Cheeky Cardinal

Cheeky Cardinal

Earlier this week when I got the shot of the blue jay, Jamie and I decided that we would head out together to the park for a round of bird photography together. We both had hopes that we would land a blue jay shot, but knew it was a little bit of a dream. Today was the day that we had chosen to go out – and boy was it a grand day to pick. As luck would have it, Toronto decided that it would be another snowy day and drop a few more inches. Just as we were getting ready to head out, the snow seemed to hit its peak and stay there for the duration that we were snapping away. It posed a little bit of a problem for the photography side of things, but really did a number on the traffic side.

Once we were at the park, the amount of snow coming down got me a little worried in terms of how the gear will handle it. Spec wise, my camera says sun, snow, rain, whatever man, but I have never tested or tried this. The one thing that I did know though, is that my telephoto lens is not weather sealed. This means that the exposed area around the camera where the lens connects, could be an issue. Luck was on my side though when I found one of Vahida’s winter scarfs in the back seat that I was able to wrap around the lens of the camera. Glancing over at Jamie once he was set up, I noticed that he took to the same idea.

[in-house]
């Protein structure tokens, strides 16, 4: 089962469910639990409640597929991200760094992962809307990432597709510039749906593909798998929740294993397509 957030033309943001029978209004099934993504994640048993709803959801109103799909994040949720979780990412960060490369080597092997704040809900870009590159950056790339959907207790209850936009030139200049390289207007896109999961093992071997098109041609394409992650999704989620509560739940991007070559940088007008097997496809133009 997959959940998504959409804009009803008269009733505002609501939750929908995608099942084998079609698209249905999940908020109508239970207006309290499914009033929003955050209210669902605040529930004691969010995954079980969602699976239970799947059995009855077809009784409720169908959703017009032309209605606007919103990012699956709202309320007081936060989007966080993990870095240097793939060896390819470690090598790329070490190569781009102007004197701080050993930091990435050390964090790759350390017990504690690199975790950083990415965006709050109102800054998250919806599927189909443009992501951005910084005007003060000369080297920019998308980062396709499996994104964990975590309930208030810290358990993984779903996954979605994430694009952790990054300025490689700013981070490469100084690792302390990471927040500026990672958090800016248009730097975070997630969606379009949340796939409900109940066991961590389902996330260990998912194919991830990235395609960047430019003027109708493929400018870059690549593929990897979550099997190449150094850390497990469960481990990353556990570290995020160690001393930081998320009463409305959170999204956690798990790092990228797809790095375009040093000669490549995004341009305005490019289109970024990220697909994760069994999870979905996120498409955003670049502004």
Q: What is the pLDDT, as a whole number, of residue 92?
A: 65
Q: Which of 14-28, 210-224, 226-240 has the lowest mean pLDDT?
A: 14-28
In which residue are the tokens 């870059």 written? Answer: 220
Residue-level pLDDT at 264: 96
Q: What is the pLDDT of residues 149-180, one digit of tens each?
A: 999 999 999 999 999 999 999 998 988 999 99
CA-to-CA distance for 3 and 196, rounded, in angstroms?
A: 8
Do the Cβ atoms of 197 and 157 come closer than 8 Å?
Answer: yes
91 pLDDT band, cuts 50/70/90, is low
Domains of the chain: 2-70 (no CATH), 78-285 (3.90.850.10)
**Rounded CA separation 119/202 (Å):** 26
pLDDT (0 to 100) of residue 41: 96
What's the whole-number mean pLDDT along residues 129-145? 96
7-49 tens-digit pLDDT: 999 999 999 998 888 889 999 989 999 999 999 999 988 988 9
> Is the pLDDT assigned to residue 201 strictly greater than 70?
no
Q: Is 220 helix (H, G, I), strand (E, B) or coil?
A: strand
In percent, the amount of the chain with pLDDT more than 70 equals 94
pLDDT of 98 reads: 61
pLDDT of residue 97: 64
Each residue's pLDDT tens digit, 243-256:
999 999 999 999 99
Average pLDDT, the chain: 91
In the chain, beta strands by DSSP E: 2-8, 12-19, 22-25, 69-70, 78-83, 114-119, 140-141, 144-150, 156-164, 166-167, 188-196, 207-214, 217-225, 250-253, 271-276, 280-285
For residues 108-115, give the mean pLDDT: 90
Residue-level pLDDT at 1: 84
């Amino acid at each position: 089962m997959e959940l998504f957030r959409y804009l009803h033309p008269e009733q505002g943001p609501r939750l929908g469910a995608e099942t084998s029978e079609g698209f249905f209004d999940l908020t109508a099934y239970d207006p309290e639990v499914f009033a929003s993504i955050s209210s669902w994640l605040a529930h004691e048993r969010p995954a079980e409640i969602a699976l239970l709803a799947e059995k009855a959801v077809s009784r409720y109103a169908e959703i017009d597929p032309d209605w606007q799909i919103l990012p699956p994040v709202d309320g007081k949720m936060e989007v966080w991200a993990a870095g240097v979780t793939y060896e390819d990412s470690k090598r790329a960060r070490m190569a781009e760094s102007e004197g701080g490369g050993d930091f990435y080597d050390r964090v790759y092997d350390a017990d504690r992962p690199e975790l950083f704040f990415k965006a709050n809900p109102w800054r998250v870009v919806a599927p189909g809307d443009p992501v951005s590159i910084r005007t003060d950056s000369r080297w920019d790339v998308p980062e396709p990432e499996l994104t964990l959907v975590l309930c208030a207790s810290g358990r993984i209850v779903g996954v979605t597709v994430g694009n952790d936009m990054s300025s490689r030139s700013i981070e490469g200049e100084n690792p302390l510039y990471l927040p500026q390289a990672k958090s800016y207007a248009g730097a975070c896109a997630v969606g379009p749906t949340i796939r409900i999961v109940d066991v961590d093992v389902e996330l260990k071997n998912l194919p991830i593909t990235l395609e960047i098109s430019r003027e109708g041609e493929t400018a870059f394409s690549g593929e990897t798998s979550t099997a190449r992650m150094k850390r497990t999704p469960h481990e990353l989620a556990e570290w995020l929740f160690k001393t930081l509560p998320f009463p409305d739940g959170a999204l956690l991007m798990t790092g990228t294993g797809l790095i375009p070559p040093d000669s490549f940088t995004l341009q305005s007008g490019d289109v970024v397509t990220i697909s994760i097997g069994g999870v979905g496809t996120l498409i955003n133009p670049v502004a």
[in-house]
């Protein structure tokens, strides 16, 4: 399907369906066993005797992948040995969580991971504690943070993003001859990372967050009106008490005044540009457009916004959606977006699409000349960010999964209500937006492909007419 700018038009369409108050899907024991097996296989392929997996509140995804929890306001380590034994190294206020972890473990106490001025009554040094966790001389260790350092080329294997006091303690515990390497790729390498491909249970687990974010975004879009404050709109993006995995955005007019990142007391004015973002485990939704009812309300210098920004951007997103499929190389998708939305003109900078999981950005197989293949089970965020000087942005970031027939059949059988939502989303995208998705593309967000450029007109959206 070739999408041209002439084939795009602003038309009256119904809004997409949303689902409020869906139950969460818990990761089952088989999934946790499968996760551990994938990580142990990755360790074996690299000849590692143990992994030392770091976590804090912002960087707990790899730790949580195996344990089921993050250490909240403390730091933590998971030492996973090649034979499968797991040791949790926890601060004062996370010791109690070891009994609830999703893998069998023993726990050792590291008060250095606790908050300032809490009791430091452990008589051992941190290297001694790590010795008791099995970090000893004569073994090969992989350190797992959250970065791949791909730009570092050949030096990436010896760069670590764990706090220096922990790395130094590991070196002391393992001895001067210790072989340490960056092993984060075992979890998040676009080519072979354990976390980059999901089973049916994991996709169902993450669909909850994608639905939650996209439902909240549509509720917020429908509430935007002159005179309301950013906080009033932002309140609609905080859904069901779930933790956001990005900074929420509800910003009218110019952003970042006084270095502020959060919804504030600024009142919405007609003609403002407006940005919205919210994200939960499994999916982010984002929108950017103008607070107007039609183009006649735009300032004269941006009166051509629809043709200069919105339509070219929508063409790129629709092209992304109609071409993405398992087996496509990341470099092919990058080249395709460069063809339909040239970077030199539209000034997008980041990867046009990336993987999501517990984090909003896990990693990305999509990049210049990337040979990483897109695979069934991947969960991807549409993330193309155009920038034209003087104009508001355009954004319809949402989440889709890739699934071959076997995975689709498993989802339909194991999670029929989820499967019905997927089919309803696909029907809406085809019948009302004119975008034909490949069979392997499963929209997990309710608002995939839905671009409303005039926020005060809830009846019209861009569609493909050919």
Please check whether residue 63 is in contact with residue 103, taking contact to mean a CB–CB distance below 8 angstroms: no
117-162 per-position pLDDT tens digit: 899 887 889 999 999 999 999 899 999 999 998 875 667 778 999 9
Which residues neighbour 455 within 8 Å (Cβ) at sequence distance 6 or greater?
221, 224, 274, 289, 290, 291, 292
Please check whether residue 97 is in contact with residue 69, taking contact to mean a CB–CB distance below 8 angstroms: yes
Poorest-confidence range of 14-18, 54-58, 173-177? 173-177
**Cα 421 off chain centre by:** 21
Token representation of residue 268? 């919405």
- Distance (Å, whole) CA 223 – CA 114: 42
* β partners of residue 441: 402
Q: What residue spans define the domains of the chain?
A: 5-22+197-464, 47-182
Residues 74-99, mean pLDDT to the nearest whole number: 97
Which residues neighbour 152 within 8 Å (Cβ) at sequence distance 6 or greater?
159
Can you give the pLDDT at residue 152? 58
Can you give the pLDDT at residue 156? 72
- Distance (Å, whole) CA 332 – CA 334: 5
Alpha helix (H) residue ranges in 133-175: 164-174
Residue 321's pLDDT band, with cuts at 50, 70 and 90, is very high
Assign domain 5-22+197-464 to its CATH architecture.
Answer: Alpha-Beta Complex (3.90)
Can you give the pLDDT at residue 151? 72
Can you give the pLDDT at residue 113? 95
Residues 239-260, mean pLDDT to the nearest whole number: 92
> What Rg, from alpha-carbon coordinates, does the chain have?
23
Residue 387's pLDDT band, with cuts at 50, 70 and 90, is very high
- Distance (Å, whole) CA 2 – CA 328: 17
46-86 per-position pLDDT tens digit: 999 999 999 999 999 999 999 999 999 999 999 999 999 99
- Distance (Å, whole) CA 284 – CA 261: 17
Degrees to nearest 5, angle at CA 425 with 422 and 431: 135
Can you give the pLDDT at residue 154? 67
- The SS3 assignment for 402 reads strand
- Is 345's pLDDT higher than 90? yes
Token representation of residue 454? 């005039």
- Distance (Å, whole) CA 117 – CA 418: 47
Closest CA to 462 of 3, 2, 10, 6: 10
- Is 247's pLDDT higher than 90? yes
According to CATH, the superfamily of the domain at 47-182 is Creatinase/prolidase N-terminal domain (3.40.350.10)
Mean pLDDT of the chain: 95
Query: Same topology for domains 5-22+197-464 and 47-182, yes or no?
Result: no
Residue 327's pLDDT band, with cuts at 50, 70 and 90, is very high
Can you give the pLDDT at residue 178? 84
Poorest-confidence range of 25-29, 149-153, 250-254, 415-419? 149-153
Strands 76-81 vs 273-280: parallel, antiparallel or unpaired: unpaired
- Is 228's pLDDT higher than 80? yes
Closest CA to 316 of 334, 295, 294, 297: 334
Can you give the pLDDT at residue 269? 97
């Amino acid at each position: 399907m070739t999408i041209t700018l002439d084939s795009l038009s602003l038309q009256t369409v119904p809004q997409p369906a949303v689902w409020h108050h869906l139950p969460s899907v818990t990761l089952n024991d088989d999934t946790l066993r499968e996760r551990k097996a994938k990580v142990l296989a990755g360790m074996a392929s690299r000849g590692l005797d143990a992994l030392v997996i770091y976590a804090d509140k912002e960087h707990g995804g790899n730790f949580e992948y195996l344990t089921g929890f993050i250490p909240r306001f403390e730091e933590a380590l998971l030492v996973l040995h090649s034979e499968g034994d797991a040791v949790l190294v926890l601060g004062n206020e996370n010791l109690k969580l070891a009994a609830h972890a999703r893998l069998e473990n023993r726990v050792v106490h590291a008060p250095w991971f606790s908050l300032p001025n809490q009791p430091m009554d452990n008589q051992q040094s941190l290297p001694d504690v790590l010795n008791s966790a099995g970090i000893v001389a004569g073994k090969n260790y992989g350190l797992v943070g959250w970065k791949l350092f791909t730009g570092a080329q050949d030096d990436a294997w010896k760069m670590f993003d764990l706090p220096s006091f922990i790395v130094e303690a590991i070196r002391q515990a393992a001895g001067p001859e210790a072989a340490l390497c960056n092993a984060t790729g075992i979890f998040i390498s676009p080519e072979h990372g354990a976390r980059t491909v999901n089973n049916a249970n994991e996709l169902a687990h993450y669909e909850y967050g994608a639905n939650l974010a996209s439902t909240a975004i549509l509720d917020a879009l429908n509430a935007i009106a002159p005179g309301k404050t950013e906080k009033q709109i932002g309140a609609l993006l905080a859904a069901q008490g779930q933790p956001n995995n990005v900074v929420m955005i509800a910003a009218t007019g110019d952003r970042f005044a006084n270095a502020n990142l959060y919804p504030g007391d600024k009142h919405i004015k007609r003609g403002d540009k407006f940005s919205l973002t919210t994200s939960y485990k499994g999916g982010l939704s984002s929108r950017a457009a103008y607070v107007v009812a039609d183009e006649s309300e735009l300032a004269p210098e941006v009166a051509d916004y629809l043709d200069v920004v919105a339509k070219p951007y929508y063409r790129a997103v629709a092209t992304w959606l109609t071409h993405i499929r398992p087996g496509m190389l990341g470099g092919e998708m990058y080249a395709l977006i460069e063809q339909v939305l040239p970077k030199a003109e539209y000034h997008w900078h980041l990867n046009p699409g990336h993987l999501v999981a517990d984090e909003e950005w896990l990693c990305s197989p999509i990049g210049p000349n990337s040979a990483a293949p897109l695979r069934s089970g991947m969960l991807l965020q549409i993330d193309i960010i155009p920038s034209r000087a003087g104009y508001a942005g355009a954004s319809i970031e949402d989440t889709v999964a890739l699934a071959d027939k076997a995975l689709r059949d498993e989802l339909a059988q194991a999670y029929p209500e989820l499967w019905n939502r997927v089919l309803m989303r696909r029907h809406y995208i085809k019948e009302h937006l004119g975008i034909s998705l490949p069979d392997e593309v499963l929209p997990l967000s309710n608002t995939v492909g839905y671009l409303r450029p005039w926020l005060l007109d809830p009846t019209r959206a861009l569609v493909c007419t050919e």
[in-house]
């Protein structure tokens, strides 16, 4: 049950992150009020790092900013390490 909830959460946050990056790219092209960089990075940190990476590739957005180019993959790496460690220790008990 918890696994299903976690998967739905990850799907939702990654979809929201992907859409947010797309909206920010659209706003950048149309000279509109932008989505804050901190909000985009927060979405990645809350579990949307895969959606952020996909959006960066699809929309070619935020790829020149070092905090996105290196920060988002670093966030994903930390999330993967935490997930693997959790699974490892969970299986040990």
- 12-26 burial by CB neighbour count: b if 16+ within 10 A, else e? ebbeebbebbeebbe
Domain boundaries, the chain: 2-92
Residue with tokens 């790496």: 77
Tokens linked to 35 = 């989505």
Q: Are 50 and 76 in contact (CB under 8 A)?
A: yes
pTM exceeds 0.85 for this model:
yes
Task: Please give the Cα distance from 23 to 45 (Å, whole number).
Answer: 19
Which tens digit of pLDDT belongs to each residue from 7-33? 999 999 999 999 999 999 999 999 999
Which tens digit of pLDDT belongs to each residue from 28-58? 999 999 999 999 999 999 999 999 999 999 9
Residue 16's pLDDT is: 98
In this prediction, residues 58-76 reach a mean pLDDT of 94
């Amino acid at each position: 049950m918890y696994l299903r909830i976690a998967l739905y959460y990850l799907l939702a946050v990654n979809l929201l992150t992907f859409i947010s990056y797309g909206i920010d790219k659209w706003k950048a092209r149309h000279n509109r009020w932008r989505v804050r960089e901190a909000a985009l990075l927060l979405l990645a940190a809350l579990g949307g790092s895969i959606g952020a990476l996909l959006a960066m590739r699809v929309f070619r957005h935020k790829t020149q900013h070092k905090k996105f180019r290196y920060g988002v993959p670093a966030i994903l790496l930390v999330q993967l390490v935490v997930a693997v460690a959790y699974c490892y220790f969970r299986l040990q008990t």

Much like before, we set up shop around the area where people often seed. But we made our own stop at PetSmart beforehand, to pick up a healthy amount of seeds to give the birds a little meal. Jamie got himself settled into one area, and I another. From the sounds of things, it did not take long for the birds to return to Jamie’s section as I heard him start to fire away. I was getting a little action, but I had a goal for today. I wanted the female cardinal. She was a little while in the coming though, but eventually she started to make her way over and I was able to get a collage of photos. It was a successful day.

I used my Canon 7D Mark 1 with a Sigma 80-400mm F4-5.6 lens, shooting at 1/125, F9, with an ISO setting of 200. It was an snowy day when the shot was taken and I used a flash on 1/32th power.

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